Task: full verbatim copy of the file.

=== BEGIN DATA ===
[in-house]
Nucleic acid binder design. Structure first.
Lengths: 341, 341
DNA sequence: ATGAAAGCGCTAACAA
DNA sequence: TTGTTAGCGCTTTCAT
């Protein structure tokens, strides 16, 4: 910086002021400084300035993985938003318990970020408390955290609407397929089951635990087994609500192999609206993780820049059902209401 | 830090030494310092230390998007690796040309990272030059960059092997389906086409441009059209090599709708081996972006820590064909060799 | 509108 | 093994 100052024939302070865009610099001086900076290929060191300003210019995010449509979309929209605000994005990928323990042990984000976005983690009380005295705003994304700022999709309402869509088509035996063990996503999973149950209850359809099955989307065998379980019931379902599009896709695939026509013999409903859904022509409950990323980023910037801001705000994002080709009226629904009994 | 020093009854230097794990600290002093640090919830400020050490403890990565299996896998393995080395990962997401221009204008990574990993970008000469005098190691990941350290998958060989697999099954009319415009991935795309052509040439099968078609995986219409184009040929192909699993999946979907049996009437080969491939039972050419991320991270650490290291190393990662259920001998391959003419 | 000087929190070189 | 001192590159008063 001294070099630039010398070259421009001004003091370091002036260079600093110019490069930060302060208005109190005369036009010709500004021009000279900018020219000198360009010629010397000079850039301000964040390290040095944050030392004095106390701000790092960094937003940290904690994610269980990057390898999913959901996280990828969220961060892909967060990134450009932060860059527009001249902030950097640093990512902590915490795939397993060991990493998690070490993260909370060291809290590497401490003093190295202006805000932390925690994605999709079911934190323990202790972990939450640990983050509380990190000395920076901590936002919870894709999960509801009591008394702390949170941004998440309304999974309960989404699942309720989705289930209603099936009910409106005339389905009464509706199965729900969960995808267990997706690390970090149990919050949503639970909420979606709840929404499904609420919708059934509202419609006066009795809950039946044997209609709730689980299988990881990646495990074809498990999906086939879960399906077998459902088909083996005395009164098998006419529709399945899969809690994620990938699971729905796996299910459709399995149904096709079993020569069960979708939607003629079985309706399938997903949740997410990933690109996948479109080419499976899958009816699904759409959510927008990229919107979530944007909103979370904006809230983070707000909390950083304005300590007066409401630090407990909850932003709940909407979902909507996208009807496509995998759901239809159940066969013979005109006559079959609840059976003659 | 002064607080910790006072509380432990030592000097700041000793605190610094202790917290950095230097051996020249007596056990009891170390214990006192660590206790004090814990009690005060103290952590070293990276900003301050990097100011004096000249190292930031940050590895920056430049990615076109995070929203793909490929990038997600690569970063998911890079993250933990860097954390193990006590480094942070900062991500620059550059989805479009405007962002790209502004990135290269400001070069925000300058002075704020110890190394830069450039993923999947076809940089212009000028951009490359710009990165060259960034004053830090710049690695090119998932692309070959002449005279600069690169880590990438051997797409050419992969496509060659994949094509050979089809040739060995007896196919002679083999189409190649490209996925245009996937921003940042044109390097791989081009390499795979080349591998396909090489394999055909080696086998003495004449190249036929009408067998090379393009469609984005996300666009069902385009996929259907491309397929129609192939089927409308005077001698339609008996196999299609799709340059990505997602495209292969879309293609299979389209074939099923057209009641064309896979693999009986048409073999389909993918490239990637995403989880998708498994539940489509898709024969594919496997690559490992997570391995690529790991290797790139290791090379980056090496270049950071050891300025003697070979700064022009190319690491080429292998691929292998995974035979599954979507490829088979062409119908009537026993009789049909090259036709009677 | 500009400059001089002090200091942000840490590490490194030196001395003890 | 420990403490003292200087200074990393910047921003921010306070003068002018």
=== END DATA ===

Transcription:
[in-house]
Nucleic acid binder design. Structure first.
Lengths: 341, 341
DNA sequence: ATGAAAGCGCTAACAA
DNA sequence: TTGTTAGCGCTTTCAT
């Protein structure tokens, strides 16, 4: 910086002021400084300035993985938003318990970020408390955290609407397929089951635990087994609500192999609206993780820049059902209401 | 830090030494310092230390998007690796040309990272030059960059092997389906086409441009059209090599709708081996972006820590064909060799 | 509108 | 093994 100052024939302070865009610099001086900076290929060191300003210019995010449509979309929209605000994005990928323990042990984000976005983690009380005295705003994304700022999709309402869509088509035996063990996503999973149950209850359809099955989307065998379980019931379902599009896709695939026509013999409903859904022509409950990323980023910037801001705000994002080709009226629904009994 | 020093009854230097794990600290002093640090919830400020050490403890990565299996896998393995080395990962997401221009204008990574990993970008000469005098190691990941350290998958060989697999099954009319415009991935795309052509040439099968078609995986219409184009040929192909699993999946979907049996009437080969491939039972050419991320991270650490290291190393990662259920001998391959003419 | 000087929190070189 | 001192590159008063 001294070099630039010398070259421009001004003091370091002036260079600093110019490069930060302060208005109190005369036009010709500004021009000279900018020219000198360009010629010397000079850039301000964040390290040095944050030392004095106390701000790092960094937003940290904690994610269980990057390898999913959901996280990828969220961060892909967060990134450009932060860059527009001249902030950097640093990512902590915490795939397993060991990493998690070490993260909370060291809290590497401490003093190295202006805000932390925690994605999709079911934190323990202790972990939450640990983050509380990190000395920076901590936002919870894709999960509801009591008394702390949170941004998440309304999974309960989404699942309720989705289930209603099936009910409106005339389905009464509706199965729900969960995808267990997706690390970090149990919050949503639970909420979606709840929404499904609420919708059934509202419609006066009795809950039946044997209609709730689980299988990881990646495990074809498990999906086939879960399906077998459902088909083996005395009164098998006419529709399945899969809690994620990938699971729905796996299910459709399995149904096709079993020569069960979708939607003629079985309706399938997903949740997410990933690109996948479109080419499976899958009816699904759409959510927008990229919107979530944007909103979370904006809230983070707000909390950083304005300590007066409401630090407990909850932003709940909407979902909507996208009807496509995998759901239809159940066969013979005109006559079959609840059976003659 | 002064607080910790006072509380432990030592000097700041000793605190610094202790917290950095230097051996020249007596056990009891170390214990006192660590206790004090814990009690005060103290952590070293990276900003301050990097100011004096000249190292930031940050590895920056430049990615076109995070929203793909490929990038997600690569970063998911890079993250933990860097954390193990006590480094942070900062991500620059550059989805479009405007962002790209502004990135290269400001070069925000300058002075704020110890190394830069450039993923999947076809940089212009000028951009490359710009990165060259960034004053830090710049690695090119998932692309070959002449005279600069690169880590990438051997797409050419992969496509060659994949094509050979089809040739060995007896196919002679083999189409190649490209996925245009996937921003940042044109390097791989081009390499795979080349591998396909090489394999055909080696086998003495004449190249036929009408067998090379393009469609984005996300666009069902385009996929259907491309397929129609192939089927409308005077001698339609008996196999299609799709340059990505997602495209292969879309293609299979389209074939099923057209009641064309896979693999009986048409073999389909993918490239990637995403989880998708498994539940489509898709024969594919496997690559490992997570391995690529790991290797790139290791090379980056090496270049950071050891300025003697070979700064022009190319690491080429292998691929292998995974035979599954979507490829088979062409119908009537026993009789049909090259036709009677 | 500009400059001089002090200091942000840490590490490194030196001395003890 | 420990403490003292200087200074990393910047921003921010306070003068002018």